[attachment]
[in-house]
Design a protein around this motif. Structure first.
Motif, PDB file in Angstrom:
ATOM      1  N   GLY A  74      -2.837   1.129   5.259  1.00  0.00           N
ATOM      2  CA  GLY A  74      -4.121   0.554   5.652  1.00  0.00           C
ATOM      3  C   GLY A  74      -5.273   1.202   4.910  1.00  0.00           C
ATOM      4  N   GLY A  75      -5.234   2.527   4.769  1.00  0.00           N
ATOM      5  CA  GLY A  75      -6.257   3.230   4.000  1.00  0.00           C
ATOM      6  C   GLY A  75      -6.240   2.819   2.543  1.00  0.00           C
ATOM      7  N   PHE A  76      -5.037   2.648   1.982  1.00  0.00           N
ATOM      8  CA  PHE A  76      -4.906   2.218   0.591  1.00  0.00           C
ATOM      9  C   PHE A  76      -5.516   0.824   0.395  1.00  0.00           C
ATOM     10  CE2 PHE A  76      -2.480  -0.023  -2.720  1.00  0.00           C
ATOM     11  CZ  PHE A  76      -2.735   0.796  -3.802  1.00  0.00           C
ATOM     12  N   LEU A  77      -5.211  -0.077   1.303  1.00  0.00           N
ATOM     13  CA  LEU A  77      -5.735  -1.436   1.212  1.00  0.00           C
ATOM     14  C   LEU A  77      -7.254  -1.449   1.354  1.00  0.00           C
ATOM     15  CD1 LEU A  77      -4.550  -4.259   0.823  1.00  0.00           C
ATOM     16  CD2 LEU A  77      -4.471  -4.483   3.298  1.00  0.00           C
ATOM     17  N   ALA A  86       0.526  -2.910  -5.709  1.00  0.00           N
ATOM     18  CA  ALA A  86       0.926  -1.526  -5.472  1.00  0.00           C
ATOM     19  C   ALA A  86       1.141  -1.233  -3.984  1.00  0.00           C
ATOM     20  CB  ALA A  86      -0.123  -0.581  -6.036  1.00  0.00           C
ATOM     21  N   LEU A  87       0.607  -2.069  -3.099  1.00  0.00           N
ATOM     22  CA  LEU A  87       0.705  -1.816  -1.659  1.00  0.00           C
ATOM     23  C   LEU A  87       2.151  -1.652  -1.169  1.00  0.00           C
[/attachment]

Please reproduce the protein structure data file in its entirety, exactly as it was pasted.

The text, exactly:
[in-house]
Design a protein around this motif. Structure first.
Motif, PDB file in Angstrom:
ATOM      1  N   GLY A  74      -2.837   1.129   5.259  1.00  0.00           N
ATOM      2  CA  GLY A  74      -4.121   0.554   5.652  1.00  0.00           C
ATOM      3  C   GLY A  74      -5.273   1.202   4.910  1.00  0.00           C
ATOM      4  N   GLY A  75      -5.234   2.527   4.769  1.00  0.00           N
ATOM      5  CA  GLY A  75      -6.257   3.230   4.000  1.00  0.00           C
ATOM      6  C   GLY A  75      -6.240   2.819   2.543  1.00  0.00           C
ATOM      7  N   PHE A  76      -5.037   2.648   1.982  1.00  0.00           N
ATOM      8  CA  PHE A  76      -4.906   2.218   0.591  1.00  0.00           C
ATOM      9  C   PHE A  76      -5.516   0.824   0.395  1.00  0.00           C
ATOM     10  CE2 PHE A  76      -2.480  -0.023  -2.720  1.00  0.00           C
ATOM     11  CZ  PHE A  76      -2.735   0.796  -3.802  1.00  0.00           C
ATOM     12  N   LEU A  77      -5.211  -0.077   1.303  1.00  0.00           N
ATOM     13  CA  LEU A  77      -5.735  -1.436   1.212  1.00  0.00           C
ATOM     14  C   LEU A  77      -7.254  -1.449   1.354  1.00  0.00           C
ATOM     15  CD1 LEU A  77      -4.550  -4.259   0.823  1.00  0.00           C
ATOM     16  CD2 LEU A  77      -4.471  -4.483   3.298  1.00  0.00           C
ATOM     17  N   ALA A  86       0.526  -2.910  -5.709  1.00  0.00           N
ATOM     18  CA  ALA A  86       0.926  -1.526  -5.472  1.00  0.00           C
ATOM     19  C   ALA A  86       1.141  -1.233  -3.984  1.00  0.00           C
ATOM     20  CB  ALA A  86      -0.123  -0.581  -6.036  1.00  0.00           C
ATOM     21  N   LEU A  87       0.607  -2.069  -3.099  1.00  0.00           N
ATOM     22  CA  LEU A  87       0.705  -1.816  -1.659  1.00  0.00           C
ATOM     23  C   LEU A  87       2.151  -1.652  -1.169  1.00  0.00           C